The Lewis Legacy

Missing the Target: “The Furhrer and the Oxford Don”

David Payne’s first two plays about C. S. Lewis are now supplemented by “Target Practice.” Here is an excerpt from his advertising. [Note: Payne thinks the Screwtape Letters idea came to Lewis on 30 July 1940. But it came on 21 July, eight days before Hitler’s persuasive 29 July broadcast.] World War II was raging. Hitler was on the shores Read More ›

Special Underclothes: Were the Scrubbs Mormons?

In The Voyage of the Dawn Treader C. S. Lewis described Harold and Alberta Scrubb, Eustace’s parents, as vegetarians, non-smokers, and teetotallers — who wore a special kind of underclothes. Fifty years later, readers are familiar with vegetarians, non-smokers, and teetotallers, but most are mystified by Lewis’s reference to a special kind of underclothes. Strict Mormons are teetotallers and non-smokers Read More ›

The Lewis Legacy-Issue 85, Summer 2000 From the Mailbag

Since writing “The Dark Tower: A Challenge to Lewis Scholars” (Legacy 84), I’ve noticed a few more echoes of That Hideous Strength in The Dark Tower. In That Hideous Strength, Mark Studdock is imprisoned in a room that is covered, wherever he looks, with decorations not explicitly demonic but having a subtle cumulative effect that is dehumanizing (ch. 13). According Read More ›

The Lewis Legacy-Issue 85, Summer 2000 News and Views

Conference in Milan: “Clive Staples Lewis critico della Modernita.” On Saturday, December 11, 1999 the first Italian C. S. Lewis conference took place. Most of the speakers were Italian, but there were two from Oxford: Andrew Paul Cuneo, President of Oxford University Lewis Society, spoke on “The Principle of Hierarchy in C.S. Lewis,” and Walter Hooper gave the keynote address, Read More ›

The Lewis Legacy-Issue 85, Summer 2000 Stop and Shop

BOOKS BY LEGACY READERS The Drawing of the Dark by Tim Powers (Del Rey, paperback reissue, 1999). This historical fantasy set in 16th century Europe draws on the legend of the Fisher King. First published in 1979 it has been translated into French, Czech, Italian, and Polish. Declare by Tim Powers will be released this year by Avon, but 26 Read More ›

The Lewis Legacy-Issue 85, Summer 2000 Notes and Quotes

Lewis’s view of Purgatory was similar to Dante’s. Kathryn Lindskoog writes: “The analogy that works best for me is arriving at a festive dinner party in dripping wet raincoat and muddy galoshes. Instead of joining the other guests in the reception room that way, we strip off our outer wraps in the vestibule and then join the party. How long Read More ›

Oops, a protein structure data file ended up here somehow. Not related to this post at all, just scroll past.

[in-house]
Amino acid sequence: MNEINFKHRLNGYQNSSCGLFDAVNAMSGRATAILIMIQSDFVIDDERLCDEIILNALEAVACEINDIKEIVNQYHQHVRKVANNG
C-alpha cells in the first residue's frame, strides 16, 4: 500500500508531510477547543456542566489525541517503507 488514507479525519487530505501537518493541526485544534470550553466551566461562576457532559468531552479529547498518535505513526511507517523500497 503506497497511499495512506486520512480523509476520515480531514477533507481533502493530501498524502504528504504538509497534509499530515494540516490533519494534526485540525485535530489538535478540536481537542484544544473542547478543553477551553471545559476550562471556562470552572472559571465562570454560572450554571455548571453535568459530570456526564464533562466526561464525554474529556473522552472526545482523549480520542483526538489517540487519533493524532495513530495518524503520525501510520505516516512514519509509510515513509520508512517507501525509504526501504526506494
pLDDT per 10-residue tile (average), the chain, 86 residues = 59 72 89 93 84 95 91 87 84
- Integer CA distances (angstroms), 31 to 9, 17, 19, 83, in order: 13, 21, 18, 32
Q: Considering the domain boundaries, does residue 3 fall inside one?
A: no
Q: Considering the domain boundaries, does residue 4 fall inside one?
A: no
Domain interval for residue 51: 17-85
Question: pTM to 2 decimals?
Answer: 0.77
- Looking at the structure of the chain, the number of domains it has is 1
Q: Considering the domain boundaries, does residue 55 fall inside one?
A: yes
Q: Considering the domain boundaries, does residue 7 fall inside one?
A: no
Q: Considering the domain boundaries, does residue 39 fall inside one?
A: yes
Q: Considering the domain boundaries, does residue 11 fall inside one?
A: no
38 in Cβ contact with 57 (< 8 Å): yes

In the Footsteps of Anon

According to a very popular e-mail, from 1558 to 1829 Catholics in England were not allowed to practice their faith in public or private. It was illegal to be Catholic, upon penalty of death. So Catholics wrote “The Twelve Days of Christmas” to secretly teach their children the basics of the Christian faith. Since the song sounded like rhyming nonsense, Read More ›

In the Footsteps of Dilbert

In 1997 a management consultant held a seminar for executives of Logitech International, the world’s largest producer of computer mice. He led the attentive group through a session of brainstorming and sharing in order to improve their mission statement, which was simply “to provide Logitech with profitable growth and related new business areas.” The improved statement that they produced with Read More ›

In the Footsteps of Bourbaki

In an article titled “The Joy of Sets” in the October 1998 issue of Lingua Franca, Jim Holt began “Why is it that French theory so often ends up having a baneful effect on American pedagogy? I am thinking not of Derrida, but of another figure, one whose influence reached these shores long before him: Nicolas Bourbaki.” “In 1939 he Read More ›

In the Footsteps of Ashbless

Information from a 1999 copyrighted interview by John Berlyne. Authors Tim Powers and James Blaylock met as students at California State University at Fullerton in the 1970s. At that time the school paper was publishing lots of student poetry — in Powers’s words, “all free-verse, unpunctuated, unrhymed hippie drivel. Very pretentious though.” So Powers and Blaylock decided to write a Read More ›